Much has changed in 2018 thanks to the Tax Cuts and Jobs Act – here are the most critical things for you to know before filing.
The most obvious change will be to the tax form itself. When you file your 2018 return, it’s going to be on a newly designed Form 1040. Not quite the size of a postcard, as was promised, but it’s pretty close. The Form 1040A and 1040-EZ are gone. The new 1040 used by all filers is a short two-pager, and is mostly for recapping income, deductions and credits. These items are reported on new schedules 1 through 6.
Of course, if you file electronically, as about 90 percent of us do, you won’t even notice this change. Just plug in the right information as you always have – you don’t have to worry where it goes on the form or schedules.
The new lower tax rates
While there are still seven tax brackets, a number of them have been reduced. For example, the top tax rate is now 37%, which is down from the old 39.6%. Overall, this means a lower tax bill for many people.
It doesn’t mean lower taxes for everyone, though. For example: The old ceiling for the 28% tax rate was $191,650 for a single filer. That 28% bracket is now gone and a single filer at that income level is now in the 32% bracket.
Another big change is the higher standard deduction amounts, which are nearly double what they were in 2017. They are $24,000 for joint filers and surviving spouses, $18,000 for heads of households, and $12,000 if you’re single, or married filing separately.
You still have the choice between the standard deduction and itemizing your personal deductions, like mortgage interest and medical expenses. However -- with the increased standard deduction, it may no longer make sense for you.
If you do itemize, the amount you can write off for state and local taxes - including state income tax, sales tax and local property taxes, is limited in 2018 to $10,000 – or $5,000 if you’re married and filing separately. Until now, there was no limit. That one is going hit some folks pretty hard – especially property owners in Oregon.
For folks who have been deducting non-reimbursed business expenses – such as mileage, union dues, uniform costs, and the like – say goodbye to that deduction too.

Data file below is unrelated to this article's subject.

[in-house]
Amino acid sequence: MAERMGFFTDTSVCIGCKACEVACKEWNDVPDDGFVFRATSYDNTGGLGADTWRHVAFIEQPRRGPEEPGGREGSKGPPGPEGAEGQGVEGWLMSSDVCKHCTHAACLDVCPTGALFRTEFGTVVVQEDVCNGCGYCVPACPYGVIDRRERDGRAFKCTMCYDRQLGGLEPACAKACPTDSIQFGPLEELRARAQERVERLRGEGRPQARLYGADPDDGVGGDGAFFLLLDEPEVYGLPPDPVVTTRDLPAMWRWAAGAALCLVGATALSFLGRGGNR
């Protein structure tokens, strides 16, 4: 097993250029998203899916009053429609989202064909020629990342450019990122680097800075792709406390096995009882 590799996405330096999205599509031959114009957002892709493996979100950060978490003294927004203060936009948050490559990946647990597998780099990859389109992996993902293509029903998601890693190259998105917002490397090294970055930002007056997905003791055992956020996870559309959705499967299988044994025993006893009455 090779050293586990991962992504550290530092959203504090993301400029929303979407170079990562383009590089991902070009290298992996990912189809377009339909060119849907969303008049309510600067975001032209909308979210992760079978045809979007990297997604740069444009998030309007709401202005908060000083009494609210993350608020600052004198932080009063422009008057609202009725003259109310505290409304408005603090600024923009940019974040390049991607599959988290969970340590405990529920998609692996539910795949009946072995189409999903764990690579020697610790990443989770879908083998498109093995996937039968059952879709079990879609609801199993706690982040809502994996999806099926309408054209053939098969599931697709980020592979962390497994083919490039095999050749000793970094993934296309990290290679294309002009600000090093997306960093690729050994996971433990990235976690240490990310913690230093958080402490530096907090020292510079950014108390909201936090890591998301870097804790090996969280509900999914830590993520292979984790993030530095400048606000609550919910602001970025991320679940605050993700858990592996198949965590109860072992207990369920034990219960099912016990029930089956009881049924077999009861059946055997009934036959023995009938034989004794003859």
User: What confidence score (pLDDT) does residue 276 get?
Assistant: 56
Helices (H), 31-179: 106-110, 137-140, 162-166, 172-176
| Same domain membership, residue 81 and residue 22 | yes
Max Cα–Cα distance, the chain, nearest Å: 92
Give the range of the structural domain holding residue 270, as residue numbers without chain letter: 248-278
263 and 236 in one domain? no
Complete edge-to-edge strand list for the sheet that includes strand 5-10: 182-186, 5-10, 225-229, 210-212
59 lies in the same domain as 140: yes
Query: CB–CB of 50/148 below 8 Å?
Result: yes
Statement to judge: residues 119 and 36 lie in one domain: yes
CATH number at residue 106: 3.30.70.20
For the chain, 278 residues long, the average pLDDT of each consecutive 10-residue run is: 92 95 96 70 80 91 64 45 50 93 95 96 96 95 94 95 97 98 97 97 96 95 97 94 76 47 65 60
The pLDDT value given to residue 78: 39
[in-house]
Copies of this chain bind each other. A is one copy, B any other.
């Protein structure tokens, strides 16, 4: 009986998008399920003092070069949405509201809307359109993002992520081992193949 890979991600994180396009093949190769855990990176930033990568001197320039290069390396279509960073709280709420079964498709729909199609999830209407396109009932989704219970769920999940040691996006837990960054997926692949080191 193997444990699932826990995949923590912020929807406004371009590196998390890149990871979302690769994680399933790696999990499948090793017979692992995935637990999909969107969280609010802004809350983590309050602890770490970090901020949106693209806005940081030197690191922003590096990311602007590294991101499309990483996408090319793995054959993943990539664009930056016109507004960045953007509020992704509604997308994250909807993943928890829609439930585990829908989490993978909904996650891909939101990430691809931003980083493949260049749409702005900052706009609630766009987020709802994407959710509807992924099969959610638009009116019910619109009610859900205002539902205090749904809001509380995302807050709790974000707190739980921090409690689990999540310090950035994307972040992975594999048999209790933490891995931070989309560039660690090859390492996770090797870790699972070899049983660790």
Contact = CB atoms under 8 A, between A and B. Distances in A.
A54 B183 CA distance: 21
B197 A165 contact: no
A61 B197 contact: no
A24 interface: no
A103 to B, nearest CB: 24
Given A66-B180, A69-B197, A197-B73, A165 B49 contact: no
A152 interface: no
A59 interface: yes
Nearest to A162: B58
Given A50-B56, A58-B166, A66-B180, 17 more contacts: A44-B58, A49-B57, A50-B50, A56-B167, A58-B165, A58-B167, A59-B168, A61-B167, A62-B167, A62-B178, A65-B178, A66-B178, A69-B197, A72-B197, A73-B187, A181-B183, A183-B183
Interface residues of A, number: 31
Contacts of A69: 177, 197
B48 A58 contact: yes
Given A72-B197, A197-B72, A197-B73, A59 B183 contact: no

Also, no more personal exemptions for each dependent in your family. You used to get a $4,050 tax exemption for yourself, your spouse, and other dependents – but not anymore. Exemptions are eliminated for 2018, and through 2025.
If that sounds like a killer, consider this. The theory is, the loss of those exemptions is more than made up for by the higher standard deduction amount, and a child tax credit that is more than double what it was last year. But the only way to know for sure – is to file your return, and see for yourself.
Looking ahead to 2019
Every year, the IRS announces cost-of-living adjustments that affect contribution limits for retirement plans.
In 2019, employees who participate in 401(k), 403(b), and most 457 plans can defer up to $19,000 in compensation in 2019. That’s up by $500 over the 2018 limits. Employees age 50 and older can defer up to an additional $6,000 in 2019. We call those “catch up contributions”.
Employees participating in a SIMPLE retirement plan can defer up to $13,000 in 2019, which is up from $12,500 last year. Employees age 50 and older can put away up to an additional $3,000 in catch up contributions. For traditional and Roth IRA’s, the combined annual contribution limit increased by $500 to an even $6,000 in 2019. That amount is bumped up to $7,000 if you’re 50 or older.
If you have both types of accounts, that doesn’t mean you can sock away $6,000 in each – that’s the total combined amount you can contribute to IRA’s.
Clearing the air about your 2018 refund
A lot of people are getting upset that their refund doesn’t seem to be as large as it used to be, before the new tax code took effect.
Keep this in mind – the way the tax code was structured, in most cases, the amount deducted from your paycheck every month was reduced – resulting in more money going home with you.
The other result of this shift, is that the amount you overpaid to the government may have been reduced, as well. So the number you want to look at, and compare to last year, is the total amount you paid in taxes throughout the course of the year – not just the amount you’re getting back.
Because the only reason you get a tax refund, is because you allowed the government to use your money, interest free, for the last several months, through your withholding.